Doing 5G Right

If Canada wants to succeed with its AI-focused innovation agenda, it should also be at the forefront of 5G deployment, adoption and development. While already lagging behind China and some of the other early adopters, like Korea, Canada could get ahead not by being the first to 5G, but by being the first to roll out 5G in the right way. That would include:

Policy and regulatory prerequisites – Some of the basic prerequisites we outlined last spring on my website 5G.Security in an article providing a basic policy and regulatory checklist for 5G.

Linking AI and 5G – As argued above and in my other articles, fates of AI and 5G are intertwined. By tackling AI and 5G jointly in its innovation initiatives, business cases, financial forecasts, etc. Canada could leap ahead in development of both.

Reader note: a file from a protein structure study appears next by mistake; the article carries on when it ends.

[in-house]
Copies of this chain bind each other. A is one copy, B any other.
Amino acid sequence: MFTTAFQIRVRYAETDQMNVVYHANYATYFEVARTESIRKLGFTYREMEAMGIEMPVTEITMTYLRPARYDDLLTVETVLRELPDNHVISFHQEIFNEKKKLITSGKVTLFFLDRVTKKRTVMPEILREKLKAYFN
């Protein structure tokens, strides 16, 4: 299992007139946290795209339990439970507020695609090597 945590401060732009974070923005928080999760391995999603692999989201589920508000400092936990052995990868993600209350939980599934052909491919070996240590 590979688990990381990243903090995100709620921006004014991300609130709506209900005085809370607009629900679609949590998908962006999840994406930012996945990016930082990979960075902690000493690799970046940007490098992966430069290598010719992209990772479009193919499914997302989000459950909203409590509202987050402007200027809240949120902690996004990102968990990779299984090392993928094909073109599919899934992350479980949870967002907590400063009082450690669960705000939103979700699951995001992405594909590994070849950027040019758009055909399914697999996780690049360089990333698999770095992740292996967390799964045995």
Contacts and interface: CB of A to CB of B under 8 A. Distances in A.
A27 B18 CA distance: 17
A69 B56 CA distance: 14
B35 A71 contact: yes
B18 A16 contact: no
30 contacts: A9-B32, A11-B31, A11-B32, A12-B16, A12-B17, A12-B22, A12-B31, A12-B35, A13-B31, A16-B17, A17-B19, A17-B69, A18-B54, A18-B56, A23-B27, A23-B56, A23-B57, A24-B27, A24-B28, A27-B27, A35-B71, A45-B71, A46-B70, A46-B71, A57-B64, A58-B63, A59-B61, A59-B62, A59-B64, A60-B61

Focusing on cybersecurity – 5G brings about a whole slew of new cybersecurity and privacy challenges. Above mentioned dependency on AI, also significantly increases cybersecurity risks of the AI-enabled 5G infrastructure. The Washington, DC-based Brookings Foundation urges policymakers in the U.S. to put the primary focus on cybersecurity by starting with an unequivocal definition of 5G networks as critical infrastructure. Something that I’ve been advocating for for a while. And that makes sense in Canada as well. Canada should develop capabilities and devote more funding to the Canadian Centre for Cyber Security and Public Safety Canada to focus on security for 5G networks. The Centre for Cyber Security provides information and guidance covering topics like state-sponsored espionage, threats to critical infrastructure and commercial hacking and threats to supply chains. Public Safety Canada concerns itself with national security around critical infrastructure that is essential to the “health, safety, security or economic well-being of Canadians.” 5G networks will be checking all those boxes in the next decade or so, making it essential for Canada to develop and implement comprehensive cyber hygiene and protection from political and economic adversaries online.